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I'm having problems with this $\int \sqrt{1-x^2}\,dx$. Now the text book (Spivak's Calculus) says we can replace $x$ by $\sin u$ ($u = \arcsin x$). Now my question is how can we replace $u$ by $\arcsin x$? If we write $\arcsin x$ then $x$ must be in $[-1, 1]$. $\arcsin(\sin x)) = x$ iff $x$ is in in $[-1, 1]$ right? Well I need some help.

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$f^{-1}(f(x))=x$ for all $x$ in the domain of $f$. – icurays1 Sep 2 '13 at 22:46
oh i forgot about that , thanks – Steve Sep 2 '13 at 22:55
@icurays1 Are you telling me that $\sqrt{x^2}=x$? – Rahul Sep 2 '13 at 22:58
what the so the first theorem dosen't apply?x must be in the domain of inverse of f? please respond im confused again.. – Steve Sep 2 '13 at 23:09
@Steve: The first statement is true. If $f(x)$ is an invertible function, then $f^{-1}(f(x)) = x$ for all $x$ in the domain of $f$. As for the comment by Rahul Narain, $\sqrt{x^2} = x$ is not true in general, but $x^2$ is not an invertible function on $\mathbb{R}$. However, if we restrict $x^2$ to the interval $[0, \infty)$, $x^2$ is invertible and has inverse $\sqrt{x}$. In this case $\sqrt{x^2} = x$ for all $x \in [0, \infty)$. – Michael Albanese Sep 2 '13 at 23:24

Note that $x = \sin u$ implies $u = \arcsin x$ is only true if $u \in [-\frac{\pi}{2}, \frac{\pi}{2}]$. Note that $\sqrt{1-x^2}$ is only defined for $x \in [-1, 1]$ so $\sin : [-\frac{\pi}{2}, \frac{\pi}{2}] \to [-1, 1]$ is a bijection (i.e. $1-1$ and onto). Therefore the substitution $x = \sin u$ is valid.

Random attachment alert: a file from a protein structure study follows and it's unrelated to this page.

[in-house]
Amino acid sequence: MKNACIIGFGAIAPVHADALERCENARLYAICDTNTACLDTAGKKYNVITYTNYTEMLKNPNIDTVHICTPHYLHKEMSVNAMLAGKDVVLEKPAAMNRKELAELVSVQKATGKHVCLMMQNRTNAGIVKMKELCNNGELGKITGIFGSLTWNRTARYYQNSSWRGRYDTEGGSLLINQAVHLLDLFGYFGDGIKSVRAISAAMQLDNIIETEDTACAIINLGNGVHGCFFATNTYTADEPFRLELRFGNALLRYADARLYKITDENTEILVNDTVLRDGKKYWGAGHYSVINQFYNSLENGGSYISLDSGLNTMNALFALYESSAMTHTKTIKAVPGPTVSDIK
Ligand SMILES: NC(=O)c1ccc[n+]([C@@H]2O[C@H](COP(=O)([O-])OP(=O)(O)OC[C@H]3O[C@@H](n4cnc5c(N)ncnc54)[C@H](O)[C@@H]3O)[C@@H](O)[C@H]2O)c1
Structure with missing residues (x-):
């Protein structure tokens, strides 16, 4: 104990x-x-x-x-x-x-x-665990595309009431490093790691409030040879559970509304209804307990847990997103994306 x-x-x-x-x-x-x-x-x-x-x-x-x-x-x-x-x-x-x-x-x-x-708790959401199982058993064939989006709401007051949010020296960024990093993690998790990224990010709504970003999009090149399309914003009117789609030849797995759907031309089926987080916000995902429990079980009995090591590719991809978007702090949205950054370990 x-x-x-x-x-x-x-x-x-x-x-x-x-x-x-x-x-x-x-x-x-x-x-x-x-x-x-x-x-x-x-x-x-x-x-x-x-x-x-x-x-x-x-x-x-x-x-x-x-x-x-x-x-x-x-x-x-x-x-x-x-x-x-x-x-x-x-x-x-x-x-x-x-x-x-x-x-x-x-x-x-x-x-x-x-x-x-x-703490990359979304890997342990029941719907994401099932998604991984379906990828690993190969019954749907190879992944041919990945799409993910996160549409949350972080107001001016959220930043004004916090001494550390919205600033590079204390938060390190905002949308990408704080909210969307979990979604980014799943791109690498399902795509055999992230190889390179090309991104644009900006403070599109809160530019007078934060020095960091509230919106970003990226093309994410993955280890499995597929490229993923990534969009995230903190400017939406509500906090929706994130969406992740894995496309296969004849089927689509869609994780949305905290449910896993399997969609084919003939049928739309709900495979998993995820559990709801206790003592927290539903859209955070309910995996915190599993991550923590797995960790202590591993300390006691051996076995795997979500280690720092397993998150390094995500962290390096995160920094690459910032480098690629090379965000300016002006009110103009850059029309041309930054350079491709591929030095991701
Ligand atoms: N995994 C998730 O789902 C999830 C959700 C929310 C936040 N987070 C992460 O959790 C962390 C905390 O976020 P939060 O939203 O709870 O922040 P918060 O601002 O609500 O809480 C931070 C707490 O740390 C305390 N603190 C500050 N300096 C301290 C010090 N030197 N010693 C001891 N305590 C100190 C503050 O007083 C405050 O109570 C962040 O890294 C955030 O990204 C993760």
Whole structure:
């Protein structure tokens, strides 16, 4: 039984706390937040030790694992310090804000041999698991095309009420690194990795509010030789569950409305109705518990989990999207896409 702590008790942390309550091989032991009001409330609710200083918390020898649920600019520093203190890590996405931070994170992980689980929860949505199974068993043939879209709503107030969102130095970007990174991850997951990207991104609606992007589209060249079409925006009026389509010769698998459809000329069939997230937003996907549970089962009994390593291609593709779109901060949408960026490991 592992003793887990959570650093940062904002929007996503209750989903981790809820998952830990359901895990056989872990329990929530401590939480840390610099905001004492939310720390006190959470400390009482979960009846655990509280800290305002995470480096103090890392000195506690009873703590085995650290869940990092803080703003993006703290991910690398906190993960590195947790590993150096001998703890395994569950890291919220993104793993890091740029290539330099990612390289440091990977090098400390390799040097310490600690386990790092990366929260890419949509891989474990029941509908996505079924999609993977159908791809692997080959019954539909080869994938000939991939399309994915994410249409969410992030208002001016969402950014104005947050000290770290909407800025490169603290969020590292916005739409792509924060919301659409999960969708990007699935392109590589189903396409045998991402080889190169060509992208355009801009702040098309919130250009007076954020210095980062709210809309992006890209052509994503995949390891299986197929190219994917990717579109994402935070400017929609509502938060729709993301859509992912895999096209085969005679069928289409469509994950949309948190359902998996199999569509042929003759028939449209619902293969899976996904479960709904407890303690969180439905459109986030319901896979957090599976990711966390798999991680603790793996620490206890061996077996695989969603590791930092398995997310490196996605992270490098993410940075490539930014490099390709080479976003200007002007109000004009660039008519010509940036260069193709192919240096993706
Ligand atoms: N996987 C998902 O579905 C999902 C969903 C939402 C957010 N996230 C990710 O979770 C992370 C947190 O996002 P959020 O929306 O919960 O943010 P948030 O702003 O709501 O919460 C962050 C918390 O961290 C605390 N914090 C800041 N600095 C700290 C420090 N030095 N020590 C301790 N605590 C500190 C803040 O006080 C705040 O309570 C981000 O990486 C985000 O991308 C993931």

As has been pointed out in the comments, if $f$ is an invertible function then $f^{-1}(f(x)) = x$ for all $x$ in the domain of $f$. Note that $f = \sin$ is not invertible as it is not $1 - 1$; $\sin 0 = \sin 2\pi$ for example. In order to talk about an inverse for $\sin$ we first restrict the domain to $[-\frac{\pi}{2}, \frac{\pi}{2}]$. On this domain $\sin$ is $1-1$ and hence invertible. As $\sin$ on this domain has range $[-1, 1]$ there is a unique inverse function $\arcsin : [-1, 1] \to [-\frac{\pi}{2}, \frac{\pi}{2}]$.

For all $x \in [-\frac{\pi}{2}, \frac{\pi}{2}]$ we have $\arcsin(\sin x) = x$. As the inverse of $f^{-1}$ is $f$, $\sin$ is the inverse of $\arcsin$. Therefore $\sin(\arcsin x) = x$ for all $x \in [-1, 1]$, the domain of $\arcsin$.

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thank you , everything is clear now i forgot where the sqt 1-x^2 is defined – Steve Sep 2 '13 at 23:12
thank you michael , this was my first time dealing with the inverse of sin x , your explanation was very helpful . we can talk about an inverse of a function iff the function is bijective from the set A to B , obviously the inverse of sqtx of x^2 = x is true only if x is positive so that the function is bijective . – Steve Sep 2 '13 at 23:41

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